Ran Dian: What’s is the geographic spread of the exhibitors?
Douwe Cramer: We have very good representation from Malaysia this year compared to last year but we are down in galleries from Indonesia. I think that’s partially due to the economy in Indonesia and partly due to [the new] Art Stage Jakarta. Singapore – we’re up from last year but not quite where we want to be. Singapore has had a tough year for galleries. The economy here and the gallery sales really haven’t been very good. We have more galleries from Japan and we have a good group of galleries from China and Korea and 6 galleries all the way from Latin America.” So basically the mix is 75% Asia and almost half of that is Malaysia and Singapore.
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A new section of Singapore Contemporary is Photo 17, curated by Patricia Levasseur De La Motte, former curator of photography at the Singapore Art Museum.
Douwe Cramer: Photo 17 is probably the biggest photography exhibition for South East Asia for the year. We have four sections: Documentary, Fine Art, Mixed Media and Installations.
Ran Dian: Why photography?
Douwe Cramer: It is really up-and-coming! Everyone is involved with daily snapshots and social media and the interest in [collecting] photography has really developed in the past few years. There is still resistance to paying thousands of dollars for a photograph but there is growing appreciation that the medium involves much more than taking a snapshot. There needs to be an idea behind [the artwork] and there has to be an understanding of the production – the materials that are used and a lot of new technologies that are being applied. We want to open the medium of photography to a wider audience, which is why we will have a specialised 360 square metre pavilion and put it in the middle of the fair, so that it’s not just attracting people who are already collecting photography but general art collectors and art buyers too and give them an opportunity to familiarise themselves with art photography.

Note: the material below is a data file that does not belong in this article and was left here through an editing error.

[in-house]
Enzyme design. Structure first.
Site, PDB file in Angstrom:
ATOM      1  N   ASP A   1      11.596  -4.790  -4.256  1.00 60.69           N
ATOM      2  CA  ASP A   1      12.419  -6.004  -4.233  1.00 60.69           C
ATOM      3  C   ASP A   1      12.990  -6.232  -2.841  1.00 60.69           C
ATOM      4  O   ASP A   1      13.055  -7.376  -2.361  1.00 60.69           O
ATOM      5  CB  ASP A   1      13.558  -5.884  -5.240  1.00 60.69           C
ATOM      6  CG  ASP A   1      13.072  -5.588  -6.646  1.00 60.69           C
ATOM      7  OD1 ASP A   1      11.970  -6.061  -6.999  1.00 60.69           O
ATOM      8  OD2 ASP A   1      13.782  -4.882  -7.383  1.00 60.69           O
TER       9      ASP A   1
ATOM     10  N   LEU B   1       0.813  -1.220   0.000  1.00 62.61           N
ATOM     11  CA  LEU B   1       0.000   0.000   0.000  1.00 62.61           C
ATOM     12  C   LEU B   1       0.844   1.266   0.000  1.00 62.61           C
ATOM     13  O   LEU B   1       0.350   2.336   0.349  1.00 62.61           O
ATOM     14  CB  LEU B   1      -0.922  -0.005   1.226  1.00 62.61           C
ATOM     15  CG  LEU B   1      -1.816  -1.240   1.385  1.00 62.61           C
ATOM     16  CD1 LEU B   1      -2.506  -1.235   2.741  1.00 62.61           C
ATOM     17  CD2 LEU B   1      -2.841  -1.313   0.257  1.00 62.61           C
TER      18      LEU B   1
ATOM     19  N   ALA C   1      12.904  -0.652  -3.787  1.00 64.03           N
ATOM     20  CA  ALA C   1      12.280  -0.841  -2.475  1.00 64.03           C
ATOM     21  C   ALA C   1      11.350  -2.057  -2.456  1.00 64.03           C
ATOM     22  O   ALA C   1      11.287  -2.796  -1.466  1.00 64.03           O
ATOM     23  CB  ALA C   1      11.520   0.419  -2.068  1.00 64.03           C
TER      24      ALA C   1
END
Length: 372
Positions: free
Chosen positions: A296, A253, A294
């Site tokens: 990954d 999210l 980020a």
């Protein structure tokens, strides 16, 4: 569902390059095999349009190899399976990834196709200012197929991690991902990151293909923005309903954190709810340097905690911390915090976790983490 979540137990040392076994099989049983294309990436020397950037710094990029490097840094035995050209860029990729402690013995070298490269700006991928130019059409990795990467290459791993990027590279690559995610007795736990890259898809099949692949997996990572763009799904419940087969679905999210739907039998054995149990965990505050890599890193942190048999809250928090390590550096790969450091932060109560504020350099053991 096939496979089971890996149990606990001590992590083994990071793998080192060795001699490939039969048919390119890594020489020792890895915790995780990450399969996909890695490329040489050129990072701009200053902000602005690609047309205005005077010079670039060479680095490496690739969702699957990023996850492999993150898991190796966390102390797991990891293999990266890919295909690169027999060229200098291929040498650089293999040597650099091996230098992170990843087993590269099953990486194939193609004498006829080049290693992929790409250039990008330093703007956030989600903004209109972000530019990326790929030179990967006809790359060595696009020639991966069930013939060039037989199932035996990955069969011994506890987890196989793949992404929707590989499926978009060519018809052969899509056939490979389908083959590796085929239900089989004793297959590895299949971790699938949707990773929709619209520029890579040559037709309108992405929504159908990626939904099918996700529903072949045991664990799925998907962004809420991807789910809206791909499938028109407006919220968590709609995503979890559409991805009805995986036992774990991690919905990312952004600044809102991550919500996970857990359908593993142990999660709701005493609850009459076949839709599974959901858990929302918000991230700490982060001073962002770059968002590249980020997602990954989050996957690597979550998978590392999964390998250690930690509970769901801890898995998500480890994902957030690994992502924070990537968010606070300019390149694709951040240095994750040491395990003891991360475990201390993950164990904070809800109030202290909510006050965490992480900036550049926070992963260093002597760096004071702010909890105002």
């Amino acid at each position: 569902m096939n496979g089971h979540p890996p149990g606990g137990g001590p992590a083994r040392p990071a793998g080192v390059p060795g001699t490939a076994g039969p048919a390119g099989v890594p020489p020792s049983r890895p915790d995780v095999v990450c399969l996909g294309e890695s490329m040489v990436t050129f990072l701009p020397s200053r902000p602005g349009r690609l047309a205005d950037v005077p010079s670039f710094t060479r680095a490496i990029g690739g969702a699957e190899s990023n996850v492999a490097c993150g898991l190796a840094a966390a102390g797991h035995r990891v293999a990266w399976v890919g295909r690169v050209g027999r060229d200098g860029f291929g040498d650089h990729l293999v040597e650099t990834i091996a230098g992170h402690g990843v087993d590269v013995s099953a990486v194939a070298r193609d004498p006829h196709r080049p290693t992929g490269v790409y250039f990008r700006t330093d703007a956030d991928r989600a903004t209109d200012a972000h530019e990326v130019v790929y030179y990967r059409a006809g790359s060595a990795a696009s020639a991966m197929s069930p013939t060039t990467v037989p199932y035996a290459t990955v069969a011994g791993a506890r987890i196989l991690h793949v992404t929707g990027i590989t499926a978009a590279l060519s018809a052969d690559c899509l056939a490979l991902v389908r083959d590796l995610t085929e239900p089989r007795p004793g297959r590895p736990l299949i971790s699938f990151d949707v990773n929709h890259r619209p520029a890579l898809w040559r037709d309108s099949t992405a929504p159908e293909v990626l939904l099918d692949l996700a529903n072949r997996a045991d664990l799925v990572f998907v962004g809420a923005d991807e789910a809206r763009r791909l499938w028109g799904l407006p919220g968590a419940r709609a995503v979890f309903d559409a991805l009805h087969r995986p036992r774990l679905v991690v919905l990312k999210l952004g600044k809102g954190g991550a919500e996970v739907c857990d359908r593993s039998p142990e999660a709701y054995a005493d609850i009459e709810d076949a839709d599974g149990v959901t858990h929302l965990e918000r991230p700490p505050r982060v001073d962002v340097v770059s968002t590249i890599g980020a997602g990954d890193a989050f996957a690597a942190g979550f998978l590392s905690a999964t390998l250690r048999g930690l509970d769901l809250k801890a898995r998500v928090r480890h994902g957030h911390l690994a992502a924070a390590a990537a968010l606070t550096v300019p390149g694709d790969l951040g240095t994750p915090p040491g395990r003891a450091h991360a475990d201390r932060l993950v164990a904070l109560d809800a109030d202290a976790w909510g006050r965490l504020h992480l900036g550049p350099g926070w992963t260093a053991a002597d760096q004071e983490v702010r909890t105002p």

Ran Dian: Collecting photography is also more accessible. It is still possible to have a really good collection without breaking the bank. Even small paintings by young artists can be relatively expensive for first-time collectors, compared with photography.
Douwe Cramer: Yes. So we have photographic works from USD 2,000 all the way up to USD 20,000 in some cases. We have top tier photographers and also many emerging artists, from South East Asia, from Australia, the USA, and South America. From Japan we have two of the top 3 photography galleries. Akio Nagasawa is bringing works from Daido Moriyama among others, and Systema will show Cats Ishida. We are featuring a 9 meter photographic work by Chinese artist Bu Junyun, represented by Gallery 55 from Shanghai, and from South Korea we have Dayspring, who will show Roberto Dutesco, a Canadian photographer.